India on Friday posted yet another record daily rise in coronavirus cases as hospitals across the country ran out of beds and oxygen.
According to official data by the health ministry, India traced 386,452 new infections and recorded 3,498 Covid-19 deaths over the last 24 hours.
India has added about 7.7 million cases to its total caseload since the end of February, when its second wave picked up steam.
Rijo John, a health economist and adjunct professor at the Rajagiri College of Social Sciences in Kerala said the country did not prepare “well enough” for the second wave
“India was lucky enough to have a second way, which was delayed compared to many other countries out there, and we had … long time to see what happened to the rest of the world in terms of how severe the second wave was.
“It’s an unfortunate situation. Everybody is responsible. I mean, not just the federal government but also the state governments are responsible to an extent.”
Meanwhile, Prime Minister Narendra Modi’s government opened vaccinations for all adults starting from May 1, but several Indian states ran out of coronavirus vaccines a day before a planned widening of a nationwide inoculation drive.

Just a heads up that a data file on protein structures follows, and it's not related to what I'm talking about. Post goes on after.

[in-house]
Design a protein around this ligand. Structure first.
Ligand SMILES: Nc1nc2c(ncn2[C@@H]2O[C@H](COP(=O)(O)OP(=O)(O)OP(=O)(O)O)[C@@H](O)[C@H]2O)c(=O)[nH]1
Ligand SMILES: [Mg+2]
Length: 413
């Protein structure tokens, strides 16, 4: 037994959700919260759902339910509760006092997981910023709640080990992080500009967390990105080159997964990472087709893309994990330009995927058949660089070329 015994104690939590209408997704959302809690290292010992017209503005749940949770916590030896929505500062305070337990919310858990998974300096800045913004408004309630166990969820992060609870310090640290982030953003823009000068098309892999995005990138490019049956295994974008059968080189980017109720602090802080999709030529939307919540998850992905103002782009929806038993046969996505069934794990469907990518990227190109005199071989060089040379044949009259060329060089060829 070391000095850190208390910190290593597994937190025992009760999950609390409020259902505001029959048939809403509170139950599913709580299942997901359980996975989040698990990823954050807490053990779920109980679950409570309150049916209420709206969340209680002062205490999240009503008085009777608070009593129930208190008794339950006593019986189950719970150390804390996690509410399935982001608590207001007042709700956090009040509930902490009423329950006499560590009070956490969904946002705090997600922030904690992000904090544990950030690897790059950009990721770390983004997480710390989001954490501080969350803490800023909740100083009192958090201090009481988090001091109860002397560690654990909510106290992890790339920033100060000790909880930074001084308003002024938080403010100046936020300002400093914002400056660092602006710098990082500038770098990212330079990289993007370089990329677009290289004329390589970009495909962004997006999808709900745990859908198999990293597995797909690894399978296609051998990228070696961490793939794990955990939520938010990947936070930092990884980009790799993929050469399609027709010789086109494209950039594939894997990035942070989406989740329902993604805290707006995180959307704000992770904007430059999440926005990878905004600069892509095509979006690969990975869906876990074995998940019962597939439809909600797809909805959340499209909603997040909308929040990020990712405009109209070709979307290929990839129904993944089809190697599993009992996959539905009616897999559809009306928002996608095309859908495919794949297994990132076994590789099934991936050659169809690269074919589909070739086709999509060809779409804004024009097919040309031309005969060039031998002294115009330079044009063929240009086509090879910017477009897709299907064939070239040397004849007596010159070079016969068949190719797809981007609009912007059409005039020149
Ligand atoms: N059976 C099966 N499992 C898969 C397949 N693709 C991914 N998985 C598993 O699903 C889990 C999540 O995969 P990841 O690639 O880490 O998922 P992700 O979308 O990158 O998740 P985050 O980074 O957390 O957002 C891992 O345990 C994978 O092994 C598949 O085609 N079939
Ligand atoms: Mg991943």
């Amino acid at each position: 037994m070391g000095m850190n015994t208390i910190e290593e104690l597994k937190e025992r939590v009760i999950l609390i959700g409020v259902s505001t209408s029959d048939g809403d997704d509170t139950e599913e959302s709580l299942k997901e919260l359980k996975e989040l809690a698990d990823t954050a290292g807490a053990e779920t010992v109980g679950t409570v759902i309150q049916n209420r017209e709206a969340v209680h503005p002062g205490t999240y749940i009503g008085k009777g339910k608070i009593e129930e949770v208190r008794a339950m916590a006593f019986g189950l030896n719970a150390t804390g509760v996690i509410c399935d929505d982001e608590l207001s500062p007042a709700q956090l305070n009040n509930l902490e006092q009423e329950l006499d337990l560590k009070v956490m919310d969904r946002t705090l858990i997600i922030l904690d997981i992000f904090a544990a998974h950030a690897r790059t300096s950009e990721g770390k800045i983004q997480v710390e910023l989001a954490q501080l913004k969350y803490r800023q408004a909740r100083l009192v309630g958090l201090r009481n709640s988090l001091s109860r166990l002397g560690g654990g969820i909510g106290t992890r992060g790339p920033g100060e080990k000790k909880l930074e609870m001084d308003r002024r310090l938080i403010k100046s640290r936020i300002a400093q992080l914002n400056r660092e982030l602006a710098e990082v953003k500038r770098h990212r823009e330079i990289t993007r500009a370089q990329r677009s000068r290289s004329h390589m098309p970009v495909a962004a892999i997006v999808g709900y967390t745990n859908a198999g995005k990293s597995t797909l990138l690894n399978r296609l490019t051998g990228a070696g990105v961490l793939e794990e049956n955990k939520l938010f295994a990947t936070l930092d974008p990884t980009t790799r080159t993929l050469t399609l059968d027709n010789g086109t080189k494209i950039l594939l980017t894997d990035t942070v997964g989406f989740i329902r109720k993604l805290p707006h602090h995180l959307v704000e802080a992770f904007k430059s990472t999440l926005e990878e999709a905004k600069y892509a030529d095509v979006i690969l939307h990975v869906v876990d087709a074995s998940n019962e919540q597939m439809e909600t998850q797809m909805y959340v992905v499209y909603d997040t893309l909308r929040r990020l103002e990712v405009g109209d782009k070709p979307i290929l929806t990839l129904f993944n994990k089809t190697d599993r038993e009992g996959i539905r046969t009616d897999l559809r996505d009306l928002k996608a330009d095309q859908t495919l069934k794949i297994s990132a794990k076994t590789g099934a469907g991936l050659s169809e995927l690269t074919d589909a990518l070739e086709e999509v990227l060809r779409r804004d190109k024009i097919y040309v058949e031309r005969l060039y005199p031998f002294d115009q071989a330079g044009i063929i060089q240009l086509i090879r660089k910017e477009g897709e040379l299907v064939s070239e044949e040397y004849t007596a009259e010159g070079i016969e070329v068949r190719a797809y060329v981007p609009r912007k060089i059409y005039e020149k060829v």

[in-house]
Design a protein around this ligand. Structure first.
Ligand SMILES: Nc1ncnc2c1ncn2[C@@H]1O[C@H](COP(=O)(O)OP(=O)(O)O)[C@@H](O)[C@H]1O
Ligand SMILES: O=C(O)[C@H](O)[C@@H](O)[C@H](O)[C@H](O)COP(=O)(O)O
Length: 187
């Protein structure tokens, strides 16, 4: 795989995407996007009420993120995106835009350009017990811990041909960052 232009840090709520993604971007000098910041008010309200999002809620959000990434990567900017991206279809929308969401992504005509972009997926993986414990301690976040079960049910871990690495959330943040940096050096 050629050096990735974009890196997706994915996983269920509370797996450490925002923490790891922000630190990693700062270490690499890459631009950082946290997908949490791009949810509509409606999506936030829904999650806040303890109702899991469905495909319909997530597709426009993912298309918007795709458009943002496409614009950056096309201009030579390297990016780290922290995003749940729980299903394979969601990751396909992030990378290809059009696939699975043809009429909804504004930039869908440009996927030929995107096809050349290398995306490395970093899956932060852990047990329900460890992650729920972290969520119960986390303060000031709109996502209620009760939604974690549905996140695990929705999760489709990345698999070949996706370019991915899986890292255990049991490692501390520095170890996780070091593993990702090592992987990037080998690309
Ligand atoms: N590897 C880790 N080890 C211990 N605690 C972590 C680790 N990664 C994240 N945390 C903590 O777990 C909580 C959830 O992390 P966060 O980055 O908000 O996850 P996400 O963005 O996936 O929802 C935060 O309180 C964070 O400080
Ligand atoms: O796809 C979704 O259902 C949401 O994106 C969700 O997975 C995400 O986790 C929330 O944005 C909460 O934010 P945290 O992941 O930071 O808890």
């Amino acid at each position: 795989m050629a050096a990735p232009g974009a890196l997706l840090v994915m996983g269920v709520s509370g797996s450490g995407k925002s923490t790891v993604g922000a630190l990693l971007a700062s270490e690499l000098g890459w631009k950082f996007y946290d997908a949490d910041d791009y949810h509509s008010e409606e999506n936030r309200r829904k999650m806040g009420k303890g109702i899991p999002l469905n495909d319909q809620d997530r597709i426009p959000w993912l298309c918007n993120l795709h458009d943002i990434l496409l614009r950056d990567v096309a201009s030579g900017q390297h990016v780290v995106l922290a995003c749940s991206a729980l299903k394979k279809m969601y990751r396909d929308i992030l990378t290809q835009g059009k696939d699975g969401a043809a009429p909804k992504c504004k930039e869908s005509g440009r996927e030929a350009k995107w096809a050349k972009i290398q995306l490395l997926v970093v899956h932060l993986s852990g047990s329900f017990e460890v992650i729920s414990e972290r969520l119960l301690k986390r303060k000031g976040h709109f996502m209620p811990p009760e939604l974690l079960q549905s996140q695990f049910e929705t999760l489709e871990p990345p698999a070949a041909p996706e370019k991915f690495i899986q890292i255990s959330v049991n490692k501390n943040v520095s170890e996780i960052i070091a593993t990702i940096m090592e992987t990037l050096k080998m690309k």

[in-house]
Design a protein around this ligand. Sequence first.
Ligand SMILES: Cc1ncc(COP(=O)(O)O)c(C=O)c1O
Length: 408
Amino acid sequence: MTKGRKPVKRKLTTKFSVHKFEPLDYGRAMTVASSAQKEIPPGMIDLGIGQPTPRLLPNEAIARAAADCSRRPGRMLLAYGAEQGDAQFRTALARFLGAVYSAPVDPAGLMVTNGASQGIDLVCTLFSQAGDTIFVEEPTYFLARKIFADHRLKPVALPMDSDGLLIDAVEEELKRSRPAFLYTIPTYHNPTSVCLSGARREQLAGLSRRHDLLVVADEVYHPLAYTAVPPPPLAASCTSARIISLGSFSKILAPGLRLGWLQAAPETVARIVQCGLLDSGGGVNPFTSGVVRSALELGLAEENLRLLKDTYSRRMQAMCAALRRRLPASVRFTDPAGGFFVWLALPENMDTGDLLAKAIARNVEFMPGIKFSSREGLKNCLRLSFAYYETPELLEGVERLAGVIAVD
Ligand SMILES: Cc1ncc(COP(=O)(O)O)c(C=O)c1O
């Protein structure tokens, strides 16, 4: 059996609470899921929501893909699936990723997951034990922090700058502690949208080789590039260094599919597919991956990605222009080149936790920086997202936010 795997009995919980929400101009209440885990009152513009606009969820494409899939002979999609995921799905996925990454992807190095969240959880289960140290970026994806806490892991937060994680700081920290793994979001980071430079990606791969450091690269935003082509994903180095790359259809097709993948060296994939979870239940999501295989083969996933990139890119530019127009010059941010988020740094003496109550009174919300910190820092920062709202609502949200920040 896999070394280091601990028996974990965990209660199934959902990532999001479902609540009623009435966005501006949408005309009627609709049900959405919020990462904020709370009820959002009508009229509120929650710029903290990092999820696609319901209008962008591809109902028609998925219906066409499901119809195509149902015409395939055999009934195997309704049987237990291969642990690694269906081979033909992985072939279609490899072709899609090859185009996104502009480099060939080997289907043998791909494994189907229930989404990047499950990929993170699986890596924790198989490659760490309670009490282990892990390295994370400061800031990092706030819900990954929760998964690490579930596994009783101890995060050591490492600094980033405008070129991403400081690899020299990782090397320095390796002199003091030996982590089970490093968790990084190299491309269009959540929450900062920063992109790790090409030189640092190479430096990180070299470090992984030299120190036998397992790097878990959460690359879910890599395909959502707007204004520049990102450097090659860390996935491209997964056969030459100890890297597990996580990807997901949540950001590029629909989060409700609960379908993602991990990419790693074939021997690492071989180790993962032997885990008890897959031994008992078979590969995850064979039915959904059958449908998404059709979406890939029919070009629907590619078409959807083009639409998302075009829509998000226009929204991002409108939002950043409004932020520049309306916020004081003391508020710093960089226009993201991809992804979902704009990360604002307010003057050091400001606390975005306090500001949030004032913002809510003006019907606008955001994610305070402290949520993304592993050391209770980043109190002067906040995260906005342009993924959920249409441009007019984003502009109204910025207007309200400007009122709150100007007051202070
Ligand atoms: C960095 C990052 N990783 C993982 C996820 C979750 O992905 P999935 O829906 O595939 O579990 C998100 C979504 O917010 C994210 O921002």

Inoculation centres in the financial capital of Mumbai will shut for three days from Friday because of the vaccine shortage, authorities said.
Delhi’s Chief Minister Arvind Kejriwal urged citizens not to show up at vaccination centres on Saturday, as doses had not yet arrived.
In Karnataka, home to the tech hub of Bengaluru, the southern state’s health minister said its vaccination drive for adults would not begin on Saturday.
On Friday, a group of 300 scientists asked Prime Minister Narendra Modi for access to data that could help research the spread of the coronavirus, news agency Bloomberg reported.
The Indian Council of Medical Research has granular data on all residents who have been tested so far, but the access is restricted.
“The ICMR database is inaccessible to anyone outside of the government and perhaps also to many within the government,” almost 300 scientists wrote.
“While new pandemics can have unpredictable features, our inability to adequately manage the spread of infections has, to a large extent, resulted from epidemiological data not being systematically collected and released in a timely manner to the scientific community.”